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We want you to be completely satisfied with every purchase you make. If you are in any way dissatisfied with a product you ordered, we'll exchange it, replace it or refund your money within 30 days of purchase. Simply email us the problem, and we'll take care of you. Certain products have extended warranties (up to 50 years!) that are listed on the particular product page. Please call us at 1-888-451-6752 if you need further clarification.
|Coverage||2500 square feet|
|Key Feature||Organic fertilizer (8-0-0) and pre-emergent weed control|
|Origin||Made in the U.S.A.|
- Shipping Details:
- Insured against damage or loss while in transit
- This Product Ships To:
- US Lower 48
- Ships Via:
- Fedex or UPS
Questions about the Corn Gluten Organic Fertilizer 8-0-0 - 50 lbs
- From M.C. at 4/5/13 9:49 AM
- From Sara at 2/10/14 9:17 AM
- We have 2 established asparagus beds which are over-run with the weeds listed as being susceptible to corn gluten meal. But what about our asparagus?
- Corn gluten prevents new weeds from sprouting by drying them out as they germinate. Corn gluten does not eradicate existing weeds. For your asparagus beds, we suggest hand pulling the surface weeds, then mulching the bed, leaving a clear space above the root crowns where the new asparagus emerge. Presumably you have already clipped down last season's stalks to about 1" above the ground. These stubs help you know where not to mulch, since the new shoots will be coming from amid the stubs.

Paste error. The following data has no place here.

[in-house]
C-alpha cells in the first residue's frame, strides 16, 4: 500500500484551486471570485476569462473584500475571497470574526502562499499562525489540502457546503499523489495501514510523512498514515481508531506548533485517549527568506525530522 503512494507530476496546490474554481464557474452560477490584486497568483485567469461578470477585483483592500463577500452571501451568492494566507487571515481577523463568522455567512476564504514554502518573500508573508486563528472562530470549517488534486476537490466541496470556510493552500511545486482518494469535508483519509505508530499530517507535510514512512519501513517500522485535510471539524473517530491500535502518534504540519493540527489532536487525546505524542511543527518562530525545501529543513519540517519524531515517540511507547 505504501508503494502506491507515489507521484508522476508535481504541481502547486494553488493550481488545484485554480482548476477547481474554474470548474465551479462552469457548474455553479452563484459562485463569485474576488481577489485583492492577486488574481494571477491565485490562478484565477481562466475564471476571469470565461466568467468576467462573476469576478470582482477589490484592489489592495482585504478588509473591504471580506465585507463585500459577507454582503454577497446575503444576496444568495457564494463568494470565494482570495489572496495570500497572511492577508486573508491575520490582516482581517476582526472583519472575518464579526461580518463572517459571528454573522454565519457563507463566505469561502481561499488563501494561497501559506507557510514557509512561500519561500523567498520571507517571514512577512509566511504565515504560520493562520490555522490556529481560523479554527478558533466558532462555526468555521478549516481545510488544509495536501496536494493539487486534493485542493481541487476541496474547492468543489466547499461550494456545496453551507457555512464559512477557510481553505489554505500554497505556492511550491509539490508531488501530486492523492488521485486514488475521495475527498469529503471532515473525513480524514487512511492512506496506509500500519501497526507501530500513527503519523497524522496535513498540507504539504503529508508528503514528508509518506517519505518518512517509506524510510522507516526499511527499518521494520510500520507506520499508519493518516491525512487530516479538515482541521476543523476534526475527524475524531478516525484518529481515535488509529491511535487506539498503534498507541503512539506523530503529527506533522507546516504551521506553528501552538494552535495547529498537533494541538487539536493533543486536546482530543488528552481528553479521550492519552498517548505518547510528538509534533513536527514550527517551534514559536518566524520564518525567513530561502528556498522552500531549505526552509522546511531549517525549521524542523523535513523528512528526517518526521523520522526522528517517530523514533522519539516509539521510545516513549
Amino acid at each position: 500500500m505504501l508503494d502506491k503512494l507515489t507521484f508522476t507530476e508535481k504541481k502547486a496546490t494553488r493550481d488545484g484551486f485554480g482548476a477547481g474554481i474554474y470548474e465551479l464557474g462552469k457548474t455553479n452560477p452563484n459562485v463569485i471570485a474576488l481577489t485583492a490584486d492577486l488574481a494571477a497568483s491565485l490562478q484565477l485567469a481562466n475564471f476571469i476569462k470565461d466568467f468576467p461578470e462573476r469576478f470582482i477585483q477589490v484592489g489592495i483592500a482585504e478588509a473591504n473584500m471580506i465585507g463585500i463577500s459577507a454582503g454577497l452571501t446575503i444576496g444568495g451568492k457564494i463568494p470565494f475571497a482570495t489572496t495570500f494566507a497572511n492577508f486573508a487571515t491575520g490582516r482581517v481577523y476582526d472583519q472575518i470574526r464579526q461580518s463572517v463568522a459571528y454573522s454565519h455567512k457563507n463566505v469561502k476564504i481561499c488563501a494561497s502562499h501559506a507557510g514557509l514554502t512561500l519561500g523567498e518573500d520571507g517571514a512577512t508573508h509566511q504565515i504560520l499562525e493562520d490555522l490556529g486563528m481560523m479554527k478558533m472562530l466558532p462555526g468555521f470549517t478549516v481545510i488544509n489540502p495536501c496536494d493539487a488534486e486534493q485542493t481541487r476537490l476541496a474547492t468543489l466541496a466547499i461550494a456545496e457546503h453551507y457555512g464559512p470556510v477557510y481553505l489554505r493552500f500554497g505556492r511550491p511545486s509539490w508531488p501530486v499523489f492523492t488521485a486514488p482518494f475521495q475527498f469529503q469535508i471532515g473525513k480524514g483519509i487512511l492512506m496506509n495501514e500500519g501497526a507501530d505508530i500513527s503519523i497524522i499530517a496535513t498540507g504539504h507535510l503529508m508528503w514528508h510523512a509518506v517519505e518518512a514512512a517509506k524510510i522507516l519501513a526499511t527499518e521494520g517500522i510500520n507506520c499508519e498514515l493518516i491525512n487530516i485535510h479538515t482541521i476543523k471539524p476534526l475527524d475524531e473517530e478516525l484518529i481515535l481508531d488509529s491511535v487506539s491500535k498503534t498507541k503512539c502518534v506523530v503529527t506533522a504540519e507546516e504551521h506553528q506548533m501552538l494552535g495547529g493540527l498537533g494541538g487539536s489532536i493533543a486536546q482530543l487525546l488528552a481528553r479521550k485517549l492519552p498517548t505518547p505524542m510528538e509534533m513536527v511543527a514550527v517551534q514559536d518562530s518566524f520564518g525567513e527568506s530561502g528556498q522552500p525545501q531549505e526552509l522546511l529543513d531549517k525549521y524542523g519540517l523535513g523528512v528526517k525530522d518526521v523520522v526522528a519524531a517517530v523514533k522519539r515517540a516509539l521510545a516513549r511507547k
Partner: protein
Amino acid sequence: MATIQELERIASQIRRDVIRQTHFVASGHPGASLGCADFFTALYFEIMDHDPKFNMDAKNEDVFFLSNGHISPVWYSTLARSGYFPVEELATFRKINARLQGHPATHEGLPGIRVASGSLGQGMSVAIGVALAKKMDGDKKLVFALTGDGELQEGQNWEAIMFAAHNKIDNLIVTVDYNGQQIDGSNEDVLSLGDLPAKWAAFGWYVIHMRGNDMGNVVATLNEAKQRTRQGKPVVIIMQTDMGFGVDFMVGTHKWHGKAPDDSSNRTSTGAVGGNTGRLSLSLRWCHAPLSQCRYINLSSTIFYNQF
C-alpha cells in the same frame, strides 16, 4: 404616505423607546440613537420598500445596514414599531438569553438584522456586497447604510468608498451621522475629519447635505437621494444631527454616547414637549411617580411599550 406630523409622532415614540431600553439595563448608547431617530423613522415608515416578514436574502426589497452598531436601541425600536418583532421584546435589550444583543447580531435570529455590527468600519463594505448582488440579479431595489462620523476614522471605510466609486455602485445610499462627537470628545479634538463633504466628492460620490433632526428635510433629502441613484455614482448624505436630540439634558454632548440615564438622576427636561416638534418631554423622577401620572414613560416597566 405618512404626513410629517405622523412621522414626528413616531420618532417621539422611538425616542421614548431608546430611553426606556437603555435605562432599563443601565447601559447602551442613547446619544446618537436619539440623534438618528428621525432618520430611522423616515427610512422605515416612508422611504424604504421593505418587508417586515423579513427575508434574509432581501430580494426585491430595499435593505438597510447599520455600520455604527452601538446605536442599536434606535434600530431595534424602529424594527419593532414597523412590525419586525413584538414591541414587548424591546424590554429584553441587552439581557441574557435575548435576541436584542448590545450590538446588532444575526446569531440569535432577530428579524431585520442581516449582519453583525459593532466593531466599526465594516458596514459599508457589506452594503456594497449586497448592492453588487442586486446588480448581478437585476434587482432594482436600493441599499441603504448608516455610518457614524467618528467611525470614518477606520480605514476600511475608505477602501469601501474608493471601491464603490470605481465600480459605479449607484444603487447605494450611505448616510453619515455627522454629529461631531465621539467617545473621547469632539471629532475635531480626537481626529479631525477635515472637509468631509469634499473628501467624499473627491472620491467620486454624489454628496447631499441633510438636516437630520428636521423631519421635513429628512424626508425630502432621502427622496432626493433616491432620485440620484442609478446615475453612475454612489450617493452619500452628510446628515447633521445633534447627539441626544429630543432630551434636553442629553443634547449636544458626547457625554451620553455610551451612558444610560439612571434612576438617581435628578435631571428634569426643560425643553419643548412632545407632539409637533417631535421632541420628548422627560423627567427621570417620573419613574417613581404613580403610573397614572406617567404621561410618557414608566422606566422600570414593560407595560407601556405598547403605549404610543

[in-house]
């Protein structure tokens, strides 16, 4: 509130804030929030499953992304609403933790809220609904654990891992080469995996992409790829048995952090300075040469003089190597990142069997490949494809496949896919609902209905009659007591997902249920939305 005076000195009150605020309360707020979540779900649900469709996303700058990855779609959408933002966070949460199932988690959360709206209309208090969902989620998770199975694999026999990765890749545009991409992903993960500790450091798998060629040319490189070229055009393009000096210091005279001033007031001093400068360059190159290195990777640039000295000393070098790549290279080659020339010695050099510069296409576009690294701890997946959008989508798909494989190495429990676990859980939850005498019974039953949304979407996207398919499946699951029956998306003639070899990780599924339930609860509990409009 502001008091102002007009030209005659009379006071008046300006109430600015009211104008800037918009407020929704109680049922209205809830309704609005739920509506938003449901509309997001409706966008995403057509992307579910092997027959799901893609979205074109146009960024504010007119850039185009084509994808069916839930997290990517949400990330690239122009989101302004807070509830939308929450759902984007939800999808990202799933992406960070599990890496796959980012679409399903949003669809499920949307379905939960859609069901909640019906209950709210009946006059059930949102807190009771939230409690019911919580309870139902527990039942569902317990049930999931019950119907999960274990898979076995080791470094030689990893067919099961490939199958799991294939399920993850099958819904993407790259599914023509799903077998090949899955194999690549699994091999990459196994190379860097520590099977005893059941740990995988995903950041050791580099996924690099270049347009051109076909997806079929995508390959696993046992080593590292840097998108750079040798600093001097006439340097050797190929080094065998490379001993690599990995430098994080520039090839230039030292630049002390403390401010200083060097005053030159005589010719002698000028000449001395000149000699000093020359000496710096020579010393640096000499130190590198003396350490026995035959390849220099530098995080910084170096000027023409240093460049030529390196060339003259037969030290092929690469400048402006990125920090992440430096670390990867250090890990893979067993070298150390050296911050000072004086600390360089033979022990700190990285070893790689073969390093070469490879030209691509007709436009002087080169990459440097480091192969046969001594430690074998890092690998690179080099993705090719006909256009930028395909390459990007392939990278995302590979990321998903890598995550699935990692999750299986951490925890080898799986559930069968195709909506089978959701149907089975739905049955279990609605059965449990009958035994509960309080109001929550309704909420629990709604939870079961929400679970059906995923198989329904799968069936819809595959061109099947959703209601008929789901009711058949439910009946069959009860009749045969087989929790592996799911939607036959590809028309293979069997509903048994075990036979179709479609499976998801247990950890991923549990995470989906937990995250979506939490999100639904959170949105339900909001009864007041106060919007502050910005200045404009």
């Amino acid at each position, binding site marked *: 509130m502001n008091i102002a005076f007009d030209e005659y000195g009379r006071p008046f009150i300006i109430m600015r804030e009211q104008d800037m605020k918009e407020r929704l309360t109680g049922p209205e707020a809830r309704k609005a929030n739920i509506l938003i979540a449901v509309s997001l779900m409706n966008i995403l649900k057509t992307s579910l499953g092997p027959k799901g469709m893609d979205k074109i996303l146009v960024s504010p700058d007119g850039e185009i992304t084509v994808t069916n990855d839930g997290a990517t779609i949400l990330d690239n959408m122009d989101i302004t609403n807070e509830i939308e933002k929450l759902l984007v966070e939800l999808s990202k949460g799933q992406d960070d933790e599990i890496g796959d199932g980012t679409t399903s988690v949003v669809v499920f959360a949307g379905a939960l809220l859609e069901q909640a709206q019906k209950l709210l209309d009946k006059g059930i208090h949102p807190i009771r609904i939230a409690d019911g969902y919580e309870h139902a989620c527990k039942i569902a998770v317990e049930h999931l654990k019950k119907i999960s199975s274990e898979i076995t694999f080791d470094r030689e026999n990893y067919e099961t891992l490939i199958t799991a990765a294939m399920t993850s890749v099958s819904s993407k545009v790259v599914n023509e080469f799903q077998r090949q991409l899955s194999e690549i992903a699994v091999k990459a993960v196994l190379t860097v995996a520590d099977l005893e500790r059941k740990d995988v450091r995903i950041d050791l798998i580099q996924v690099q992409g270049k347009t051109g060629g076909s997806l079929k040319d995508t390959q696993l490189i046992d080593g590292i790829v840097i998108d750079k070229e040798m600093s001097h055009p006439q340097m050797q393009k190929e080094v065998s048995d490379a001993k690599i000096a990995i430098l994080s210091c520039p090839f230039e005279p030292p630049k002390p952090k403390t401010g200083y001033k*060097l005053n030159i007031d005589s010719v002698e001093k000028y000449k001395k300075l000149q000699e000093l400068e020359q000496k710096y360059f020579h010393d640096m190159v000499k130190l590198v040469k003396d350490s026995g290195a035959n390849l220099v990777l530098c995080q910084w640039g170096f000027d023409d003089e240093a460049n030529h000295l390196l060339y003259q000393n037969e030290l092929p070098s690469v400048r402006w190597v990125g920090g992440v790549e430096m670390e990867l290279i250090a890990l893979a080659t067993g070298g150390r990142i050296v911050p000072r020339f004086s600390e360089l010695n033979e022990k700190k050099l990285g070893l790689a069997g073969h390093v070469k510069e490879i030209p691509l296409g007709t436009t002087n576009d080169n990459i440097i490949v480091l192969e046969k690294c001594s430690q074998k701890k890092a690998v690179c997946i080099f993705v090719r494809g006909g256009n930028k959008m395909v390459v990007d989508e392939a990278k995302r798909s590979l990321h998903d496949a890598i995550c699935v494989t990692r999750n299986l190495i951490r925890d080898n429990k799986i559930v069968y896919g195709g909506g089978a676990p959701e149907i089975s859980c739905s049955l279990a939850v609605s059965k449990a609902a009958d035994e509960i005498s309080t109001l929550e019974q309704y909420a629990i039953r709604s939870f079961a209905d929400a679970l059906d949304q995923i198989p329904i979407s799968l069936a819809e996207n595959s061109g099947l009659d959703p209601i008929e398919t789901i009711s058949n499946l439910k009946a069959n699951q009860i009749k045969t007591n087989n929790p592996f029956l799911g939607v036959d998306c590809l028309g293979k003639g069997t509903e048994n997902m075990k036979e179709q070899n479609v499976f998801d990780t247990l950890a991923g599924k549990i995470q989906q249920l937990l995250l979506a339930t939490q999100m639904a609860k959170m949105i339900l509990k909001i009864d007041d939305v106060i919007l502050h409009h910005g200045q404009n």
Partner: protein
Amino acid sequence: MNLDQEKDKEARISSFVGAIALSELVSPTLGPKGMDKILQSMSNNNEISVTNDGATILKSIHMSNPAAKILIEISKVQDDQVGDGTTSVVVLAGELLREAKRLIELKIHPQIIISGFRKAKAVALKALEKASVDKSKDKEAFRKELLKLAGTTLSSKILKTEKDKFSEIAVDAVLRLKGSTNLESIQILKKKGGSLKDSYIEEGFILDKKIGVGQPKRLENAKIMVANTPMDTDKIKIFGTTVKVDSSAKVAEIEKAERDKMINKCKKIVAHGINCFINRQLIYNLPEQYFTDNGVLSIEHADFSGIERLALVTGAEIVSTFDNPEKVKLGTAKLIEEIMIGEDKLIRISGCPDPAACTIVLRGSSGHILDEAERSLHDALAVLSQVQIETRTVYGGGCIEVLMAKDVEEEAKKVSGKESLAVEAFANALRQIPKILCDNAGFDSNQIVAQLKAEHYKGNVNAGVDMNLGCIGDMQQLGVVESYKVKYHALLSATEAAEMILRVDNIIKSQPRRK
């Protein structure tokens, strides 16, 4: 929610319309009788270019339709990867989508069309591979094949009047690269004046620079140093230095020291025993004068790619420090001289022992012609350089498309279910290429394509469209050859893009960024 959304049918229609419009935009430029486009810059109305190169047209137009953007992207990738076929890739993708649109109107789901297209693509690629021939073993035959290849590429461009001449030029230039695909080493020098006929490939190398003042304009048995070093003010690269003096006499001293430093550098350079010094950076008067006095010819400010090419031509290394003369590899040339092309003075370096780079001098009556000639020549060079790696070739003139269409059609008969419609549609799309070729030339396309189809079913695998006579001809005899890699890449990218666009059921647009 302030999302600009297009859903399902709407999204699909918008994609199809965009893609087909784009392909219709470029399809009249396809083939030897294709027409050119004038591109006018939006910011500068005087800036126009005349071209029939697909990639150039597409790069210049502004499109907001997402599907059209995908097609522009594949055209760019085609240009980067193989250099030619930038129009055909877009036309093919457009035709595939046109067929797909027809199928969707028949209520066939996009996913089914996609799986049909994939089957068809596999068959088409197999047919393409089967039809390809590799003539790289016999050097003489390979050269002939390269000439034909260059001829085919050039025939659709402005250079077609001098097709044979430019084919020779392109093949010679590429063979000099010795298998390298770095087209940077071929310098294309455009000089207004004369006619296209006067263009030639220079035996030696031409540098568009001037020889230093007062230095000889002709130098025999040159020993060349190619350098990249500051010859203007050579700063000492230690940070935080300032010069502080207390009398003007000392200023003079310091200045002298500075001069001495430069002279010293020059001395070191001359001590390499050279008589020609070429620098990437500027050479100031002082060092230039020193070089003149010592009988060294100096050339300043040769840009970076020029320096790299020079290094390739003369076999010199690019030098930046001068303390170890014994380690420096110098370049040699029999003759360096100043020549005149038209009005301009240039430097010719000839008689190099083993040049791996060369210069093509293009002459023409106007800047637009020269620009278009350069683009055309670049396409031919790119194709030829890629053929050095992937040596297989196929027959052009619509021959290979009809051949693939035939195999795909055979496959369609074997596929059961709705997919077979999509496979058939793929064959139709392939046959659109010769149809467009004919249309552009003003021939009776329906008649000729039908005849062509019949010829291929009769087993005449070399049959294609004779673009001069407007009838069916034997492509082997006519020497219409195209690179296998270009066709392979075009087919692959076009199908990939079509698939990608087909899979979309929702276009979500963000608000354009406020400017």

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- From Courtney at 7/14/14 10:30 AM
- Would this product benefit my vegetable garden plants?
- Corn gluten will prevent seeds from germinating, including vegetable seeds. (Some larger seeds such as corn, beans and squash may grow through corn gluten in the soil.) Corn gluten will not harm established plants, and does have value as a fertilizer, but if you plan on sowing seeds in the months ahead then it's not a good idea to use corn gluten in vegetable beds. There are many other sources of nitrogen for vegetable gardens which are 'seed safe'.